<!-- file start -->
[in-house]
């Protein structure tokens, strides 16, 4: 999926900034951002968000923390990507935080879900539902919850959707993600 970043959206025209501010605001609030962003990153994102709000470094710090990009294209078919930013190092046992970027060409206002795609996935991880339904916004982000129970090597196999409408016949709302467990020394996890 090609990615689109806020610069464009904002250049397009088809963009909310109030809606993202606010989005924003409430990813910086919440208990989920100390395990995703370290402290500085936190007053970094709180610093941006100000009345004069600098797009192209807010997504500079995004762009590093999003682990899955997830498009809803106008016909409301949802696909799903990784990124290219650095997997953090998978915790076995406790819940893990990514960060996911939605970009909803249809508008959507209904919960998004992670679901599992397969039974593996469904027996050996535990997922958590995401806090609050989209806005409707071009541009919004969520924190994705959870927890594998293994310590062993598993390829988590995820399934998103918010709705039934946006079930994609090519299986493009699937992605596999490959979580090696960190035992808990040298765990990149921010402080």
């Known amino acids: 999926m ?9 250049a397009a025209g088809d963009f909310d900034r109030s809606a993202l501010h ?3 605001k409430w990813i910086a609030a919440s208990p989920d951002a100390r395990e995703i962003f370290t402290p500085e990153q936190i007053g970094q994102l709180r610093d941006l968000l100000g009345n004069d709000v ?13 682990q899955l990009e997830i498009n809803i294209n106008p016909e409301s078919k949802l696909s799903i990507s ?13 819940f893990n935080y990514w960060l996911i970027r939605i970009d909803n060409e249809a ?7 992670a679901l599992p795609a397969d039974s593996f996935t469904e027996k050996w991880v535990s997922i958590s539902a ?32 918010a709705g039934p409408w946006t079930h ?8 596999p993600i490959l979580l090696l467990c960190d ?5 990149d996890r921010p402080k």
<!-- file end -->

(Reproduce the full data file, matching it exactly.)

[in-house]
């Protein structure tokens, strides 16, 4: 999926900034951002968000923390990507935080879900539902919850959707993600 970043959206025209501010605001609030962003990153994102709000470094710090990009294209078919930013190092046992970027060409206002795609996935991880339904916004982000129970090597196999409408016949709302467990020394996890 090609990615689109806020610069464009904002250049397009088809963009909310109030809606993202606010989005924003409430990813910086919440208990989920100390395990995703370290402290500085936190007053970094709180610093941006100000009345004069600098797009192209807010997504500079995004762009590093999003682990899955997830498009809803106008016909409301949802696909799903990784990124290219650095997997953090998978915790076995406790819940893990990514960060996911939605970009909803249809508008959507209904919960998004992670679901599992397969039974593996469904027996050996535990997922958590995401806090609050989209806005409707071009541009919004969520924190994705959870927890594998293994310590062993598993390829988590995820399934998103918010709705039934946006079930994609090519299986493009699937992605596999490959979580090696960190035992808990040298765990990149921010402080």
């Known amino acids: 999926m ?9 250049a397009a025209g088809d963009f909310d900034r109030s809606a993202l501010h ?3 605001k409430w990813i910086a609030a919440s208990p989920d951002a100390r395990e995703i962003f370290t402290p500085e990153q936190i007053g970094q994102l709180r610093d941006l968000l100000g009345n004069d709000v ?13 682990q899955l990009e997830i498009n809803i294209n106008p016909e409301s078919k949802l696909s799903i990507s ?13 819940f893990n935080y990514w960060l996911i970027r939605i970009d909803n060409e249809a ?7 992670a679901l599992p795609a397969d039974s593996f996935t469904e027996k050996w991880v535990s997922i958590s539902a ?32 918010a709705g039934p409408w946006t079930h ?8 596999p993600i490959l979580l090696l467990c960190d ?5 990149d996890r921010p402080k």